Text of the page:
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Body Temperature and Cannabis: Does Pot Influence Body Heat?

The answer is yes, but barely.

Some people report getting the cold shakes when they get high, and others report feeling warm, making them ask “does consuming cannabis mess with our body heat one way or the other?” Don’t think that your body’s temperature regulation system is broken if you feel a sudden cold surge.

Cannabis products with varying degrees of THC, the psychoactive component of the plant, can affect your body temperature in a couple of ways, though most studies show pot is unlikely to cause a significant change unless you use it in very high doses.

In general, high doses of cannabinoids can lower body temperatures, with lab animals showing consistent decreases in temperatures following exposure to THC. There’s also some research which suggests it’s possible to become tolerant to the heat loss effects of THC, but only in female rats after four days, so the jury is still out on long-term effects in the human population.

There’s also some research which suggests it’s possible to become tolerant to the heat loss effects of THC, but only in female rats after four days, so the jury is still out on long-term effects in the human population.

How Cannabis Influences Body Temperature

Cannabis is a substance that affects people in a lot of different ways, with side effects ranging from dry mouth and red eyes to dizziness and paranoia. According to a 2017 study comparing the effects of THC and synthetic cannabinoids on lab rats, one of the primary effects of THC in lab animals is lower body temperature,

The hypothermia that results from THC is produced by certain cannabinoid receptors in the central nervous system, the research reported, while noting the effects of cannabinoids on body temp are considered “relatively straightforward.”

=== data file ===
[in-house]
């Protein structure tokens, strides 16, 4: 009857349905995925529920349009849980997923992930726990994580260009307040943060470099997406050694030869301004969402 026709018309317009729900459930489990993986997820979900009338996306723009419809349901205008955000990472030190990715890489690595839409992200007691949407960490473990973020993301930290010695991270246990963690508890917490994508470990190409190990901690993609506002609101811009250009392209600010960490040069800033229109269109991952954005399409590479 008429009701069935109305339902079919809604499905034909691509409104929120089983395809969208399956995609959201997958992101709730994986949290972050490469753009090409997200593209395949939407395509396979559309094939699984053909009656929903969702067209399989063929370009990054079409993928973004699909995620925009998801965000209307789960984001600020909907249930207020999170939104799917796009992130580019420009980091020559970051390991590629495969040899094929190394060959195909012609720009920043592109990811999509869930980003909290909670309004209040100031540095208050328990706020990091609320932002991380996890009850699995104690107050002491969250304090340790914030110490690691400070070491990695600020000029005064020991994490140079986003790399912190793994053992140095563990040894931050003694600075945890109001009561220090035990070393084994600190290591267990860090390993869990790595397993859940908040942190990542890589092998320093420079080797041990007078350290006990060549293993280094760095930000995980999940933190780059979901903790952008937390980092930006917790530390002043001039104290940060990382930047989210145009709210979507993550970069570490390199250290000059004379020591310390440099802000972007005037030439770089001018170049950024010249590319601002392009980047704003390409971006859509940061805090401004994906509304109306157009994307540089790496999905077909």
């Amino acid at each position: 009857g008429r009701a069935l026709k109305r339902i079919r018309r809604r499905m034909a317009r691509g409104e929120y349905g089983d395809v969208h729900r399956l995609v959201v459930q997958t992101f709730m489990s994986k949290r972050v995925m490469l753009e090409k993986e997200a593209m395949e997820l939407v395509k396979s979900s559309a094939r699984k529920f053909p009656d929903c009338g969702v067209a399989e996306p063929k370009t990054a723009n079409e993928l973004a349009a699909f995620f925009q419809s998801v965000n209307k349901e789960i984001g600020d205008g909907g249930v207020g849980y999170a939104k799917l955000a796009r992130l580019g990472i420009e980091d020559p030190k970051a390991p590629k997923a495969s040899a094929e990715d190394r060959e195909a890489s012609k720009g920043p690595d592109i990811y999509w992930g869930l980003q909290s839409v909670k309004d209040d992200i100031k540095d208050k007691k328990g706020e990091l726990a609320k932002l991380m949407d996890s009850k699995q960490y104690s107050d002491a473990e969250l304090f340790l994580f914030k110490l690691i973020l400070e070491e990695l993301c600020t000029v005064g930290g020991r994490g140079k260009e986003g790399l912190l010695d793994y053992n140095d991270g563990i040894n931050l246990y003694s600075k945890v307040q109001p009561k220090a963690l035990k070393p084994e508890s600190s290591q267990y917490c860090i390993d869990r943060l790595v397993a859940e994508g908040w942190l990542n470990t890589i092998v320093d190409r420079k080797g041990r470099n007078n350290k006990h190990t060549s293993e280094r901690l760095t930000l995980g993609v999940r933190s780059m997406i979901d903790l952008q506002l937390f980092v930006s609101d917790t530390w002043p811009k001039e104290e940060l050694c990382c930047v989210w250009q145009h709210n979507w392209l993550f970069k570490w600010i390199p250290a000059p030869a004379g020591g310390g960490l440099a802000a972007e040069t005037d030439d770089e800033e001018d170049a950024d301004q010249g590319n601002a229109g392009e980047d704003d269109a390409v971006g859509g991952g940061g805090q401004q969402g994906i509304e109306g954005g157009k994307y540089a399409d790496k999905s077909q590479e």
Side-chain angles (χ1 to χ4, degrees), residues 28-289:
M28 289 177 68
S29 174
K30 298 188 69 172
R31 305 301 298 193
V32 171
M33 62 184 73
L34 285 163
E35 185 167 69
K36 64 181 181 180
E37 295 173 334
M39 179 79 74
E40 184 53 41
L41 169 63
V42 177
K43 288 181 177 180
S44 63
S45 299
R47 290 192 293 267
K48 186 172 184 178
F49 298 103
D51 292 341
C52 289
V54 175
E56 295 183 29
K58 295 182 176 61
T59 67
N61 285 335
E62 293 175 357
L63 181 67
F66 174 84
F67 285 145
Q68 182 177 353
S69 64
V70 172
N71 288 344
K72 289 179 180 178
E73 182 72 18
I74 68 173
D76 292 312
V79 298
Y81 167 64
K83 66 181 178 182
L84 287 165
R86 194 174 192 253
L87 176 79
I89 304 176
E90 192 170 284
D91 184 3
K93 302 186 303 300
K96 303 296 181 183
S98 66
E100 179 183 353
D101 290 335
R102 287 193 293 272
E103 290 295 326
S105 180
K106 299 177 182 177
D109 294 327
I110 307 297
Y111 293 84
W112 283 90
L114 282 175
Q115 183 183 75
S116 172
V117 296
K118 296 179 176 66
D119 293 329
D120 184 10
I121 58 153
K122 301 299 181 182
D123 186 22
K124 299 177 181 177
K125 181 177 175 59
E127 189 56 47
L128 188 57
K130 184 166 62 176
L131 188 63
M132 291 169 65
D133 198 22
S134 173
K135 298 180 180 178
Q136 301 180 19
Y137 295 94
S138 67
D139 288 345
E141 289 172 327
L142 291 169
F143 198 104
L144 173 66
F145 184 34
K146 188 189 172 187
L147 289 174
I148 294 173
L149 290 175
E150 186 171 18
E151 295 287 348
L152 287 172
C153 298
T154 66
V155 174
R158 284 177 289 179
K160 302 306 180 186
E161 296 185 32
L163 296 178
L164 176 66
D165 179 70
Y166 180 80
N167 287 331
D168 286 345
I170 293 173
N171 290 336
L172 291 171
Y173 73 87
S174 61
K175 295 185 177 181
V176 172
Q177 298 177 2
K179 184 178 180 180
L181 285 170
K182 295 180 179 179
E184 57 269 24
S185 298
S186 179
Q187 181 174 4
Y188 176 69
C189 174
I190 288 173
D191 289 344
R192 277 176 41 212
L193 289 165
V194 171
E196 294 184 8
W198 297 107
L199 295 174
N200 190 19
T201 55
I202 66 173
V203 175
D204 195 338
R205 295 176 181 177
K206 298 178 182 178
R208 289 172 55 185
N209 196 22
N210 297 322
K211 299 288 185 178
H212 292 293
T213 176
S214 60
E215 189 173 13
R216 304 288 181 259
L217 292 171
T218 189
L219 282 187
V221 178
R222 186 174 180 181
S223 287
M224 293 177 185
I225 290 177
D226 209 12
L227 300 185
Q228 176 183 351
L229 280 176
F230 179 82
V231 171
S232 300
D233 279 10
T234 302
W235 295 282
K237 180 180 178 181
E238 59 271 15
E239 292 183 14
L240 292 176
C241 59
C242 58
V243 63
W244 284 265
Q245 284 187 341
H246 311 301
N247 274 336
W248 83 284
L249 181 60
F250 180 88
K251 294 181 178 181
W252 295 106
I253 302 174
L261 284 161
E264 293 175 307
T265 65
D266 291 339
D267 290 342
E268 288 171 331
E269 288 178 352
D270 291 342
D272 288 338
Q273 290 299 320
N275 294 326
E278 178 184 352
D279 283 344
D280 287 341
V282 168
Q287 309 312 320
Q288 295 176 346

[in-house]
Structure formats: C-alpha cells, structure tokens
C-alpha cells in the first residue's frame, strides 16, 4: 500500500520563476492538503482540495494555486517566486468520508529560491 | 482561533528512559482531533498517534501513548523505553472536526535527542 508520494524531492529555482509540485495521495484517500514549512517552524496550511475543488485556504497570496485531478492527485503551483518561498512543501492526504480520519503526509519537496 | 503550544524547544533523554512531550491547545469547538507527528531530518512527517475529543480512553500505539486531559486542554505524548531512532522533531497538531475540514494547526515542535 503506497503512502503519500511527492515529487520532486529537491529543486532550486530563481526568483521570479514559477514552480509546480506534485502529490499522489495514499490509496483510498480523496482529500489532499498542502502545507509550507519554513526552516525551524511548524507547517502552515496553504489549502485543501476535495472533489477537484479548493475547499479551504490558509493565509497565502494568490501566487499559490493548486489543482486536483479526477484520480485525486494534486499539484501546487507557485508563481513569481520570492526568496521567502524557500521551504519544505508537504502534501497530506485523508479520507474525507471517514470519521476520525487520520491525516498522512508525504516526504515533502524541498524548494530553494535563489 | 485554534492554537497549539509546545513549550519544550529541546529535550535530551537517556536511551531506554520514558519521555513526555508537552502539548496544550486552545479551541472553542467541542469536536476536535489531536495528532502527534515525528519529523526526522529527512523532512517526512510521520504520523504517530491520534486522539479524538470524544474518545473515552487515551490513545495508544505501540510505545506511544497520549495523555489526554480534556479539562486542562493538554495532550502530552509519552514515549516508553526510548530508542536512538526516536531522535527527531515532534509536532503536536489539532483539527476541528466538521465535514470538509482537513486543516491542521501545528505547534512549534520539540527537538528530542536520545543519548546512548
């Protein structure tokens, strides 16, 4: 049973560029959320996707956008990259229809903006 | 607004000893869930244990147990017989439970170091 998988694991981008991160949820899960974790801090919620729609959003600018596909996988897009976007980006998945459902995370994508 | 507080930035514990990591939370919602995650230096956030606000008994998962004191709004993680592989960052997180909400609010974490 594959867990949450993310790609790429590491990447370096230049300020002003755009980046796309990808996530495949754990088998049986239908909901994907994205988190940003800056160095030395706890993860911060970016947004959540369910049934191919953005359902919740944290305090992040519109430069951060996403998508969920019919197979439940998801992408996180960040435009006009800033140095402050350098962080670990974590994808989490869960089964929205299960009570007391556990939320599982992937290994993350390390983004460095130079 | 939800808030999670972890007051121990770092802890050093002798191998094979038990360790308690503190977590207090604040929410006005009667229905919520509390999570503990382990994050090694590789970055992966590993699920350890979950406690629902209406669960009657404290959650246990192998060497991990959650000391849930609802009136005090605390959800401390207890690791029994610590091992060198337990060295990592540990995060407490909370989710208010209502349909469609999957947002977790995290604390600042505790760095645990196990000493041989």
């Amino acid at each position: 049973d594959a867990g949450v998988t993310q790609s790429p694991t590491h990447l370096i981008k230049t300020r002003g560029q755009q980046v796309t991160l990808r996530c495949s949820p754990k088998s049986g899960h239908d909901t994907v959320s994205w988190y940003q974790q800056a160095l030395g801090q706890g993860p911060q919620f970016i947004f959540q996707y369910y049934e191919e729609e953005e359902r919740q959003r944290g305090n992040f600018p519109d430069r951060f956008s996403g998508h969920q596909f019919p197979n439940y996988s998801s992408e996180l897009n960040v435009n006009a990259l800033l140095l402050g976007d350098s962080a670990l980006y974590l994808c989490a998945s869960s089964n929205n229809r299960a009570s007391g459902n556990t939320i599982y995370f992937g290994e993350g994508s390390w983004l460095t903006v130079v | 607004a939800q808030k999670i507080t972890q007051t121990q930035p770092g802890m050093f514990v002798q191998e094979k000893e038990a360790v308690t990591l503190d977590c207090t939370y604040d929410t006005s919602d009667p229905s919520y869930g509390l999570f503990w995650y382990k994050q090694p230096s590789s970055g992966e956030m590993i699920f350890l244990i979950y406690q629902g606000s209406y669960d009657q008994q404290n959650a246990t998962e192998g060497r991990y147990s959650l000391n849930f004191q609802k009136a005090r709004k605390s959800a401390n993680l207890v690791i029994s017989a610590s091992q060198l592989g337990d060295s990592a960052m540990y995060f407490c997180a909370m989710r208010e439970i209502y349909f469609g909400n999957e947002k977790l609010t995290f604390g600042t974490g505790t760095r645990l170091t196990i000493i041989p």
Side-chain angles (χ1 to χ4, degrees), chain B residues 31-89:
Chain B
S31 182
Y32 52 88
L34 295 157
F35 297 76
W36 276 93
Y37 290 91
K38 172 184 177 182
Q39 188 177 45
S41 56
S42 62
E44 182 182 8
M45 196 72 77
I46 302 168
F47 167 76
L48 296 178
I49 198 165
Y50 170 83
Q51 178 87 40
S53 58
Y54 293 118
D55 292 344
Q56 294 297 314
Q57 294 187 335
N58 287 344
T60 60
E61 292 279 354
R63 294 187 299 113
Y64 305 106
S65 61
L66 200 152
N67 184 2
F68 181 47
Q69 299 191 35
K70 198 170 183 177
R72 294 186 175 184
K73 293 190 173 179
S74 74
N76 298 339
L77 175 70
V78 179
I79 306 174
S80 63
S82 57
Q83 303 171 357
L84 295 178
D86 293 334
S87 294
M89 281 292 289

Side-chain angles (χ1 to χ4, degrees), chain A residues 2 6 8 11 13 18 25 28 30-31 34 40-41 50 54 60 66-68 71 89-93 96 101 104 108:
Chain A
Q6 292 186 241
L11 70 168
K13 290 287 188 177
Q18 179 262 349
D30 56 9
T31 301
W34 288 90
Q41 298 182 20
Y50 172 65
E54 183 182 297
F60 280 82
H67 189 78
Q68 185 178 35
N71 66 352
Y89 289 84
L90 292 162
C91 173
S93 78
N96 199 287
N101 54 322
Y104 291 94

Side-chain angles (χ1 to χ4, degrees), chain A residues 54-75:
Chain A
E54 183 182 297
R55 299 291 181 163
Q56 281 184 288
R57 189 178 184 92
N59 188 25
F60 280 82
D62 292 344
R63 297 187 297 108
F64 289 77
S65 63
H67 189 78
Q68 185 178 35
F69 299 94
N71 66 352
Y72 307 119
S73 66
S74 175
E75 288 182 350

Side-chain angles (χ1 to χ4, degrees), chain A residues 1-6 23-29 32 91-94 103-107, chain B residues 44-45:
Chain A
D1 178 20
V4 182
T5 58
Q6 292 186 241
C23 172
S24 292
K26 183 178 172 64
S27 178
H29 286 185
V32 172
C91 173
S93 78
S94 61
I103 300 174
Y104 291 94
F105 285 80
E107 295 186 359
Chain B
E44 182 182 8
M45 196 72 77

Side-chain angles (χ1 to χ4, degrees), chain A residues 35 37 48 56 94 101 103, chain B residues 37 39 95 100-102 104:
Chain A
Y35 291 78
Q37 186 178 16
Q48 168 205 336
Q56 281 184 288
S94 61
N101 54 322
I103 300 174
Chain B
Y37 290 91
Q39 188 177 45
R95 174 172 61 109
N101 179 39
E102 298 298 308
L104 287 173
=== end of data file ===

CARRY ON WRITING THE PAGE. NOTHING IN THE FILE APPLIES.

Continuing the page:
Researchers surgically implanted transmitters measuring body temperature or blood pressure into groups of rats. Then they injected THC and synthetic cannabinoids into the rats, and then monitored them for three hours.

After about 30 minutes, both THC and the synthetic cannabinoids resulted in decreases in body temperature. This was dependant on the dose they were given. Although they didn’t reach their lowest point until about 90 minutes.

A 2008 study from Brain Research tested how THC affected locomotor (body movements), brain, muscle and skin responses in rats. The animals were given three widely varying doses and then their responses to stimuli, including a tail pinch and social interaction, were compared to control subjects.

Lowest Temperatures Follow the Largest Doses

iStock / Olena Kurashova

After socializing and getting pinched, the control rats showed an increase in brain and muscle temperature. The rats given THC at any dose showed lowered brain and muscle temperature, though clinical hypothermia was seen only following the largest dose. In fact, the temperature effects of THC at lower doses was similar to a response from diazepam, a medication used to treat anxiety disorders.

Another study, published in the Journal of Pharmacology and Experimental Therapeutics, looked at two receptors in the body — one, called CB1, which is in the brain, and the other, CB2, which is found throughout the body — to untangle the chemical process at the molecular level that leads to certain marijuana side effects, including hypothermia.

The researchers, from Temple University, looked at the molecule nitric oxide and discovered that when they attached a cannabinoid with a substance that blocked nitric oxide from being synthesized, hypothermia more than doubled in rats. The study authors noted in a statement their results demonstrated “the possibility that (nitric oxide) plays a part in regulating the impact of cannabinoids on body temperature and other cannabinoid-mediated actions.”

CBD Found to Not Alter Body Temperature

By contrast, CBD does not appear to alter body temperature. Results reported in a 2011 review published in Current Drug Safety, suggest that CBD is non-toxic and does not affect heart rate, blood pressure, and body temperature, and also doesn’t affect the gastrointestinal tract or alter psychological functions.

Furthermore, a 2017 study reports that CBD treatment of up to two weeks had no effect on blood pressure, heart rate, body temperature, glucose and other levels. CBD, in general, has fewer side effects than products with THC, according to a host of research.

How Does the Body Regulate Heat?

The body has a brilliant system for regulating temperature that balances heat production with heat loss. This process is coordinated by the hypothalamus, a part of the brain that directs a number of body functions, including the operation of the nervous system.